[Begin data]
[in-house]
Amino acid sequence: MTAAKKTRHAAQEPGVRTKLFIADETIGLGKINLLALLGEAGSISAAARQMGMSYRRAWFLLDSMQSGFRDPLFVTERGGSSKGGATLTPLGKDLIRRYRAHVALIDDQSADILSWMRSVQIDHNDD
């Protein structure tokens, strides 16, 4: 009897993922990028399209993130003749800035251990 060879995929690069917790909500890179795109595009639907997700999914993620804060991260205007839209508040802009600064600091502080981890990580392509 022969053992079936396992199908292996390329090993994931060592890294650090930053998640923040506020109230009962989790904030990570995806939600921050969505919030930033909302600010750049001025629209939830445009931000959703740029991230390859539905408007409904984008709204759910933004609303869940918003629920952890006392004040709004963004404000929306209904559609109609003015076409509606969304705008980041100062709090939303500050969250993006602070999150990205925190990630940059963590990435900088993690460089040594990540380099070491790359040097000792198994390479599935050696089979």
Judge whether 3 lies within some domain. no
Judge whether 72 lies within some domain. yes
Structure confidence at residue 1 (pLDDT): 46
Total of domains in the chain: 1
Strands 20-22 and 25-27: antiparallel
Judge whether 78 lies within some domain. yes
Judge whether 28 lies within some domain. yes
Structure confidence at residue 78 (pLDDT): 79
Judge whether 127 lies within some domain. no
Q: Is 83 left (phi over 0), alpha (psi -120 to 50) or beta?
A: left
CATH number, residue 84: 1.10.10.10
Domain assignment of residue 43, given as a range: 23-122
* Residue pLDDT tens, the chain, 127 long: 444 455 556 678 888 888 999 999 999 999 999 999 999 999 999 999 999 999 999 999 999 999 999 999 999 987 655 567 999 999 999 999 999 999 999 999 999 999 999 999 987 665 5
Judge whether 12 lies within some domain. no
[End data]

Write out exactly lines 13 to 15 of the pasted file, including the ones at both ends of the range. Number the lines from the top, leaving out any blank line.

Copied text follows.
Q: Is 83 left (phi over 0), alpha (psi -120 to 50) or beta?
A: left
CATH number, residue 84: 1.10.10.10